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KIEV, Sept 6 (Reuters) - Ukraine's central bank on Thursday raised its main interest rate by half a percentage point to 18 percent and warned that the government's ability to secure more foreign aid remained the major precondition to keeping prices in check.
The central bank is prepared to raise rates again further down the line if more risks to inflation materialise, the bank said in a statement.
"Success in continuing cooperation with the International Monetary Fund remains the major precondition for bringing inflation down to the target," it said.
"New loans from the IMF, and related financing from other Ukrainian partners, are expected to boost the countrys macrofinancial stability and signal to other market players that Ukraine is making progress with reforms."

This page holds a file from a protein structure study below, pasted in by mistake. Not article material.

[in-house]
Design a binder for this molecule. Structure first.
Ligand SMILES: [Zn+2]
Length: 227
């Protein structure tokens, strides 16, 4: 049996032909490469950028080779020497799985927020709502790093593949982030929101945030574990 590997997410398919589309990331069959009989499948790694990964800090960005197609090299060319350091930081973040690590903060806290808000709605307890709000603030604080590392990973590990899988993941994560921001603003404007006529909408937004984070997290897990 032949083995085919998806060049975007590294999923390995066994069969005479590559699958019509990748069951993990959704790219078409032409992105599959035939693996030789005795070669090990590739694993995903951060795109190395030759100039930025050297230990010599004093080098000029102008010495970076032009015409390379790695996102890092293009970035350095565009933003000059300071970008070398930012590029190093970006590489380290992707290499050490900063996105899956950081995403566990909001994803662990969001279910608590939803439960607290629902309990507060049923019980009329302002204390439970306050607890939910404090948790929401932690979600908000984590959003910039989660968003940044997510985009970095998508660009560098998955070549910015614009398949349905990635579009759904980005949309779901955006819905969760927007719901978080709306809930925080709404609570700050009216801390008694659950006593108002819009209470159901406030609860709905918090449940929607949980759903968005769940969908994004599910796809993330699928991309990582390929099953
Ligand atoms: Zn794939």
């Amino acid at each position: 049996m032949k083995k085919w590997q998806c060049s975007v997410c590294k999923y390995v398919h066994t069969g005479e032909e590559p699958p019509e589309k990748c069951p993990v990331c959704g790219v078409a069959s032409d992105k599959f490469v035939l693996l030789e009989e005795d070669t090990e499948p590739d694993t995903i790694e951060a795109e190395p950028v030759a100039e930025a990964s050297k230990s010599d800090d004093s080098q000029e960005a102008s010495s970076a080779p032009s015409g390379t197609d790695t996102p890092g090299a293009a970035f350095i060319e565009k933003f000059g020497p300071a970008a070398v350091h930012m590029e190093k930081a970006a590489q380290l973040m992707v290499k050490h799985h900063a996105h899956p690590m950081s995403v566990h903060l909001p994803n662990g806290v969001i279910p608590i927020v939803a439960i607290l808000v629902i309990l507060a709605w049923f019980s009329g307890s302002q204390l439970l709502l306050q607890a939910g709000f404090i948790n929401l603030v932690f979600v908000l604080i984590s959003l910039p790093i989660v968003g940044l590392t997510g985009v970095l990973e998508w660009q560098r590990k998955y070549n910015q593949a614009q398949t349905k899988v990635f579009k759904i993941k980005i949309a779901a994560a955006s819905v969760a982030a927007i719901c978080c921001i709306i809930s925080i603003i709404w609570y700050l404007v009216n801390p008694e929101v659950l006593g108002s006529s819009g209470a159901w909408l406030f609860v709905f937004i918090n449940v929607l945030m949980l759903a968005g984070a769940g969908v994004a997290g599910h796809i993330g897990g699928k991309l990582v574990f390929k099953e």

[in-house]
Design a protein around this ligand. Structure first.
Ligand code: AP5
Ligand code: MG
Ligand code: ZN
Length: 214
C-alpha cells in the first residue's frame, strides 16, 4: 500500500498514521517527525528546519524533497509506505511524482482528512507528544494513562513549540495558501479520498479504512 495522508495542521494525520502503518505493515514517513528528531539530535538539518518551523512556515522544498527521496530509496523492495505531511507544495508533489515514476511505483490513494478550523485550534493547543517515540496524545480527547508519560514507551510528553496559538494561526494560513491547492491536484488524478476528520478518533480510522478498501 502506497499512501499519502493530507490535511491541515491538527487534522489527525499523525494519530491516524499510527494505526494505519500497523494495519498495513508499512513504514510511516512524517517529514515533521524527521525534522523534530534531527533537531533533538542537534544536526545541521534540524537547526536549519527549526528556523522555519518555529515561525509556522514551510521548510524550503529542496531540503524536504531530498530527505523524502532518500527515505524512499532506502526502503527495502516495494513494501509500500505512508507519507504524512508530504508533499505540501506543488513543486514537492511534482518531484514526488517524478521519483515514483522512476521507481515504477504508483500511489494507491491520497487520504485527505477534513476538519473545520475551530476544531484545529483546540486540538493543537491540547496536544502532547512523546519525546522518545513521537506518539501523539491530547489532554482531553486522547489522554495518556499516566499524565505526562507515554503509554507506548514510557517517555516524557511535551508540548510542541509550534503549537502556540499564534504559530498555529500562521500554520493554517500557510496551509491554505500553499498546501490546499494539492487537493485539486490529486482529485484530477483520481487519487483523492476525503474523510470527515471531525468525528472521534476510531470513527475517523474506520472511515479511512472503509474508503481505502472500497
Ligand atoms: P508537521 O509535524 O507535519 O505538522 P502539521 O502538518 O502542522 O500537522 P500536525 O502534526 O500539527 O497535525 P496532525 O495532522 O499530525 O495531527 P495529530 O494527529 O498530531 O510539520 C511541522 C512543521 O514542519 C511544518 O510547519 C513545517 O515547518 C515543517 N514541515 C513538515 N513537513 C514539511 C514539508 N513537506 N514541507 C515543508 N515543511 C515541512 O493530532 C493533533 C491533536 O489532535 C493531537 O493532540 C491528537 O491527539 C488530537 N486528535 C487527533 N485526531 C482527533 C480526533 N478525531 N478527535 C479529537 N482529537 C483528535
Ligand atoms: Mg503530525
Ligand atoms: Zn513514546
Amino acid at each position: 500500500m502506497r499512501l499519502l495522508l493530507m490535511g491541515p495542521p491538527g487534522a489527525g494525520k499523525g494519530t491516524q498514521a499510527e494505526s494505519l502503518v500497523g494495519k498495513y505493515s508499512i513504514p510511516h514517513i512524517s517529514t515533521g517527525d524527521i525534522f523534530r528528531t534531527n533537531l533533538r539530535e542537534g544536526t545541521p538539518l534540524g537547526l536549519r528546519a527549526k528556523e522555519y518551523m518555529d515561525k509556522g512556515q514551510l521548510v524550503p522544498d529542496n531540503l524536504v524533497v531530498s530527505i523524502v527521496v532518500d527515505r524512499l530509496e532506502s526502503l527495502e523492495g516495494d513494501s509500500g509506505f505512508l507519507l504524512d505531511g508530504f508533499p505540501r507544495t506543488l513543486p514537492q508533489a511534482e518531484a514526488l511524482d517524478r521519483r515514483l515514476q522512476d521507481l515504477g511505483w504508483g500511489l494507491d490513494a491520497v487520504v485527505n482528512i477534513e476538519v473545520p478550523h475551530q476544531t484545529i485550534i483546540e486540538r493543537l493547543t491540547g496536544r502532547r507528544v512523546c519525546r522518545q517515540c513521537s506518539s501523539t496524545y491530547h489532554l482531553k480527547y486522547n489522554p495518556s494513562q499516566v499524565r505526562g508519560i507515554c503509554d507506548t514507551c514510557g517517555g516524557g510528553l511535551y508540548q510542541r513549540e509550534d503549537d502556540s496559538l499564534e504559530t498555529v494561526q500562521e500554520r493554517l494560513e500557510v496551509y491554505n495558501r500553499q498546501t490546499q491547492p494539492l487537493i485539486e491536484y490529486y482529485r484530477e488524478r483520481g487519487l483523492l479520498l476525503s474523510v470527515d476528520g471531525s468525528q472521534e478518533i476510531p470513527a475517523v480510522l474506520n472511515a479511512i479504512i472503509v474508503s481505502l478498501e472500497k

Consumer price inflation eased to 8.9 percent year-on-year in July and will be close to this level in August, the central bank said in its statement.
The rate hike was in line with market expectations and will take effect on Friday.
It coincided with the arrival of an IMF mission to Kiev for further aid talks. The government has so far been reluctant to raise gas prices -- a key IMF demand -- and has not secured any money under its $17.5 billion programme since April 2017.
In a news conference, the central bank governor said he expected Ukraine to reach a consensus with the IMF. (Writing by Matthias Williams; Editing by Alison Williams)